The Oxford History of Byzantium is the only history to provide detailed coverage of Byzantium from the Eastern Roman Empire to the fall of Constantinople and assimilation into the Turkish Empire. Lively essays and beautiful illustrations portray the emergence and development of a distinctive civilization, covering the period from the fourth century to the mid-fifteenth century. The authors - all working at the cutting edge of their particular fields - outline the political history of the Byzantine state and bring to life the evolution of a colourful culture. In AD 324, the Emperor Constantine the Great chose Byzantion, an ancient Greek colony at the mouth of the Thracian Bosphorous, as his imperial residence. He renamed the place 'Constaninopolis nova Roma', 'Constantinople, a new Rome' and the city (modern Istanbul) became the Eastern capital of the later Roman empire. The new Rome outlived the old and Constantine's successors continued to regard themselves as the legitimate emperors of Rome, just as their subjects called themselves Romaioi, or Romans long after they had forgotten the Latin language. In the sixteenth century, Western humanists gave this eastern Roman empire ruled from Constantinople the distinctive Latinized name of Byzantium. Against a backdrop of stories of emperors, intrigues, battles, and bishops, this Oxford History uncovers the hidden mechanisms - economic, social, and demographic - that underlay the history of events. The authors explore everyday life in cities and villages, manufacture and trade, art, machinery of government, the church as an instrument of state, minorities and languages, education, literary activity, beliefs and superstitions, monasticism, iconoclasm, the rise of Islam, and the fusion with Western, or Latin, culture. Byzantium linked the ancient and modern worlds, shaping traditions and handing down to both Eastern and Western civilization a vibrant legacy.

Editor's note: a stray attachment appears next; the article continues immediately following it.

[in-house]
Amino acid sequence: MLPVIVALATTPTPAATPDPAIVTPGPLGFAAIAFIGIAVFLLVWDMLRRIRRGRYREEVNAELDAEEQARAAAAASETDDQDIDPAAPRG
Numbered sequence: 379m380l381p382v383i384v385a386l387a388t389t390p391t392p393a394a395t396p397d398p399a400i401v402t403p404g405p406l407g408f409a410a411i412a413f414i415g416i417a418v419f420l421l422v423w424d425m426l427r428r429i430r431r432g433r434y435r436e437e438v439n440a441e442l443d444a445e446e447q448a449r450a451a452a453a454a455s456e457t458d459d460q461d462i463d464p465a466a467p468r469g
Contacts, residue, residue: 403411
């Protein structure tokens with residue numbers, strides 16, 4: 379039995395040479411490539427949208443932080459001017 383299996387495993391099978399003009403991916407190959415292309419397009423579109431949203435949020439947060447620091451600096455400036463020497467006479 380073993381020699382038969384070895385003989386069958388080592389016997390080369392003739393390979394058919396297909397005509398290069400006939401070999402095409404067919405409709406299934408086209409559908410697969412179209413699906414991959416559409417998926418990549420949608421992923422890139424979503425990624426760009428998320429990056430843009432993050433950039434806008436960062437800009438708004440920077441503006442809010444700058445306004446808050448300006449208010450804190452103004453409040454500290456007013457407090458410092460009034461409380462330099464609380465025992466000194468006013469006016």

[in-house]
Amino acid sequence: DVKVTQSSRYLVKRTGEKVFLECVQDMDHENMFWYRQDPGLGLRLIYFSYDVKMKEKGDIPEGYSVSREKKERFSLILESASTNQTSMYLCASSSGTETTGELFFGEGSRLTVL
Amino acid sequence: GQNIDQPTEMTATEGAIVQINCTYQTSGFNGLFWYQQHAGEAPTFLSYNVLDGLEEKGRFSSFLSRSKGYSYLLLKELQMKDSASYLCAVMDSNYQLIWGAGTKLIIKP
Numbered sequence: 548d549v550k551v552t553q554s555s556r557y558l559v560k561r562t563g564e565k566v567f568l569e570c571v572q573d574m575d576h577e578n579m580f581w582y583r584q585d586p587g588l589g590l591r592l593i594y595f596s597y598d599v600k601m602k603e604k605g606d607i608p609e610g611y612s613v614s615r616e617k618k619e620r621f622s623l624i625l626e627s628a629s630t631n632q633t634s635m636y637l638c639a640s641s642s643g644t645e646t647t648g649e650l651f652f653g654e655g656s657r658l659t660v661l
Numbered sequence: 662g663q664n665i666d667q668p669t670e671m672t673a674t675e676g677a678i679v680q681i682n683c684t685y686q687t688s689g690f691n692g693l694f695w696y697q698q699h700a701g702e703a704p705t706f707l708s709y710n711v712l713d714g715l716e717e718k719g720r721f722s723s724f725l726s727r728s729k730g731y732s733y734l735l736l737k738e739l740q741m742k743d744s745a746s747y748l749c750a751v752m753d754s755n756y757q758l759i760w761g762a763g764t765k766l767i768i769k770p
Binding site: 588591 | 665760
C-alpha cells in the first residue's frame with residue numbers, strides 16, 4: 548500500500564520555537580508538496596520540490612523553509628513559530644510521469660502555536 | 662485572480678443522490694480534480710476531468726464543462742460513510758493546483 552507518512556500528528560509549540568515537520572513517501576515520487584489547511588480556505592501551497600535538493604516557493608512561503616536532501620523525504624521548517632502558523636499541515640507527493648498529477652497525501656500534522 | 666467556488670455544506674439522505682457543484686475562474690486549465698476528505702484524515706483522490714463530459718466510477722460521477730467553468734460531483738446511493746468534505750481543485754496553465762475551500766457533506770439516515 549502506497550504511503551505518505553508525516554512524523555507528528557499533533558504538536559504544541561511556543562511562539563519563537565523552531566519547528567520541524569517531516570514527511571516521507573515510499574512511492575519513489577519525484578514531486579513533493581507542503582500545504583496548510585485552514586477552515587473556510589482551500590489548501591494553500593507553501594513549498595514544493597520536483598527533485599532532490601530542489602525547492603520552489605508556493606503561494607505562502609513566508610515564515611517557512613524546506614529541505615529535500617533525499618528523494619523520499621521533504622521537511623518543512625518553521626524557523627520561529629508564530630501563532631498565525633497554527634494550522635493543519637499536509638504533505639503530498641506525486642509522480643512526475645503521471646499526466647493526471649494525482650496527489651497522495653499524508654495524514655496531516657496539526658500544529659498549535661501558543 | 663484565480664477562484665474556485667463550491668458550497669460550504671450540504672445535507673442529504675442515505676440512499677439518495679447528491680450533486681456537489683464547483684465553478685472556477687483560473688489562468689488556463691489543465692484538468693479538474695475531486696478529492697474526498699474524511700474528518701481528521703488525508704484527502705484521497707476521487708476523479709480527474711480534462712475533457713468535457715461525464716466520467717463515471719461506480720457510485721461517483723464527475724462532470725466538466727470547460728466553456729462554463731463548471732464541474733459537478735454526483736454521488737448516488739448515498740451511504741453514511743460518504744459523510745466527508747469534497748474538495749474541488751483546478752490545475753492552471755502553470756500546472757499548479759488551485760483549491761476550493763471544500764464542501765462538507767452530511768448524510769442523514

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Cyril Mango was formerly Bywater and Sotheby Professor of Byzantine and Modern Greek Language and Literature at the University of Oxford.From Publishers Weekly:
The Byzantine Empire receives a wide-ranging but unfocused treatment in this volume of essays by U.S. and U.K. academic historians. Several chapters provide a comprehensive if somewhat rushed chronicle of the empire, from the founding of Constantinople to its conquest by the Ottomans in the 15th century. Others discuss aspects of Byzantine Christianity, social life and literature, while Byzantine art and architecture are abundantly represented in the many photos and full-color plates of castles, monasteries, mosaics and icons. Individual essays are intelligent and clearly written, but also somewhat dry and noncommittal; while broadly representative of contemporary scholarship, they do not quite add up to a compelling portrait of Byzantine civilization. Writers complain of the paucity and unreliability of Byzantine sources, and sometimes shy away from decisive historical interpretations. Political history chapters, which focus on the deeds of the emperors and the relatives, generals and miscellaneous usurpers who were forever overthrowing them, are a welter of conspiracies, rebellions, blindings and revenge blindings that can only be described as, well, Byzantine. And in a narrative crammed with battles and campaigns, there is little in-depth discussion of the Byzantine military as an institution and a fighting force-a curious oversight for a study of an empire that was often fighting for its life. Color and b&w photos and illustrations throughout.
Copyright 2002 Reed Business Information, Inc.
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